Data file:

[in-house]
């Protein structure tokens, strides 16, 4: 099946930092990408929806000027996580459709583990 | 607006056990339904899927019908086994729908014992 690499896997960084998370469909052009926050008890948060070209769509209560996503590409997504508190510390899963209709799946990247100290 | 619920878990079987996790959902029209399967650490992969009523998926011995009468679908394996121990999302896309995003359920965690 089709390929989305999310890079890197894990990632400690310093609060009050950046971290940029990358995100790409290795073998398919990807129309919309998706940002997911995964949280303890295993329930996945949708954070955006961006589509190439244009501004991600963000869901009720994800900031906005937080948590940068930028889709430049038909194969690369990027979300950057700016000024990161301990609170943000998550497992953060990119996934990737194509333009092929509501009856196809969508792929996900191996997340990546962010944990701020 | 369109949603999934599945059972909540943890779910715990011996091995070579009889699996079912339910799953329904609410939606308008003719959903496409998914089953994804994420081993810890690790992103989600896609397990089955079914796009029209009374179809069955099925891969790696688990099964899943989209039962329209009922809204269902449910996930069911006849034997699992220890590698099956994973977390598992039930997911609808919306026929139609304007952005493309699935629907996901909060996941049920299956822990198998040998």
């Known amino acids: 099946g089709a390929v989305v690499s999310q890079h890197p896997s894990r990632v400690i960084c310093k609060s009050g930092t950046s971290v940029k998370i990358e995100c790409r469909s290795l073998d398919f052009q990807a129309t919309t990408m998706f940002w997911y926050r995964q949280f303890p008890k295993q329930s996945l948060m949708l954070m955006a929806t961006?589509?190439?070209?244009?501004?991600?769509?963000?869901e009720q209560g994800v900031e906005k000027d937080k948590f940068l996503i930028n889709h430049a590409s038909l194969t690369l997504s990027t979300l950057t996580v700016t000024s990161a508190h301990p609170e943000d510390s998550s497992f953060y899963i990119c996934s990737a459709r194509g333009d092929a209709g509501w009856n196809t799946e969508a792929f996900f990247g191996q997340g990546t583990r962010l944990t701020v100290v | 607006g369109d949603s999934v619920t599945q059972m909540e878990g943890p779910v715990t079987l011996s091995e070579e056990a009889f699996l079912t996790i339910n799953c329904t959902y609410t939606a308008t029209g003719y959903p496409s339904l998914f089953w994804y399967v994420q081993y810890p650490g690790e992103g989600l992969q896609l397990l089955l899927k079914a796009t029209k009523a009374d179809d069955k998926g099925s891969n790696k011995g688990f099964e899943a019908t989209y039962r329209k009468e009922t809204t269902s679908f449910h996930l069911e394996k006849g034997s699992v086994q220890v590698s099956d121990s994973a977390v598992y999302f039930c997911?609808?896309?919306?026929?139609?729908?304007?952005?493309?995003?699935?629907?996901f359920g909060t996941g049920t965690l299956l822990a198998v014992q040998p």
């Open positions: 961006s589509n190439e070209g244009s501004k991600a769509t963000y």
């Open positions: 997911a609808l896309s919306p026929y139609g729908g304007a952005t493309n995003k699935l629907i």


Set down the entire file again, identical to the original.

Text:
[in-house]
């Protein structure tokens, strides 16, 4: 099946930092990408929806000027996580459709583990 | 607006056990339904899927019908086994729908014992 690499896997960084998370469909052009926050008890948060070209769509209560996503590409997504508190510390899963209709799946990247100290 | 619920878990079987996790959902029209399967650490992969009523998926011995009468679908394996121990999302896309995003359920965690 089709390929989305999310890079890197894990990632400690310093609060009050950046971290940029990358995100790409290795073998398919990807129309919309998706940002997911995964949280303890295993329930996945949708954070955006961006589509190439244009501004991600963000869901009720994800900031906005937080948590940068930028889709430049038909194969690369990027979300950057700016000024990161301990609170943000998550497992953060990119996934990737194509333009092929509501009856196809969508792929996900191996997340990546962010944990701020 | 369109949603999934599945059972909540943890779910715990011996091995070579009889699996079912339910799953329904609410939606308008003719959903496409998914089953994804994420081993810890690790992103989600896609397990089955079914796009029209009374179809069955099925891969790696688990099964899943989209039962329209009922809204269902449910996930069911006849034997699992220890590698099956994973977390598992039930997911609808919306026929139609304007952005493309699935629907996901909060996941049920299956822990198998040998």
């Known amino acids: 099946g089709a390929v989305v690499s999310q890079h890197p896997s894990r990632v400690i960084c310093k609060s009050g930092t950046s971290v940029k998370i990358e995100c790409r469909s290795l073998d398919f052009q990807a129309t919309t990408m998706f940002w997911y926050r995964q949280f303890p008890k295993q329930s996945l948060m949708l954070m955006a929806t961006?589509?190439?070209?244009?501004?991600?769509?963000?869901e009720q209560g994800v900031e906005k000027d937080k948590f940068l996503i930028n889709h430049a590409s038909l194969t690369l997504s990027t979300l950057t996580v700016t000024s990161a508190h301990p609170e943000d510390s998550s497992f953060y899963i990119c996934s990737a459709r194509g333009d092929a209709g509501w009856n196809t799946e969508a792929f996900f990247g191996q997340g990546t583990r962010l944990t701020v100290v | 607006g369109d949603s999934v619920t599945q059972m909540e878990g943890p779910v715990t079987l011996s091995e070579e056990a009889f699996l079912t996790i339910n799953c329904t959902y609410t939606a308008t029209g003719y959903p496409s339904l998914f089953w994804y399967v994420q081993y810890p650490g690790e992103g989600l992969q896609l397990l089955l899927k079914a796009t029209k009523a009374d179809d069955k998926g099925s891969n790696k011995g688990f099964e899943a019908t989209y039962r329209k009468e009922t809204t269902s679908f449910h996930l069911e394996k006849g034997s699992v086994q220890v590698s099956d121990s994973a977390v598992y999302f039930c997911?609808?896309?919306?026929?139609?729908?304007?952005?493309?995003?699935?629907?996901f359920g909060t996941g049920t965690l299956l822990a198998v014992q040998p």
């Open positions: 961006s589509n190439e070209g244009s501004k991600a769509t963000y």
């Open positions: 997911a609808l896309s919306p026929y139609g729908g304007a952005t493309n995003k699935l629907i």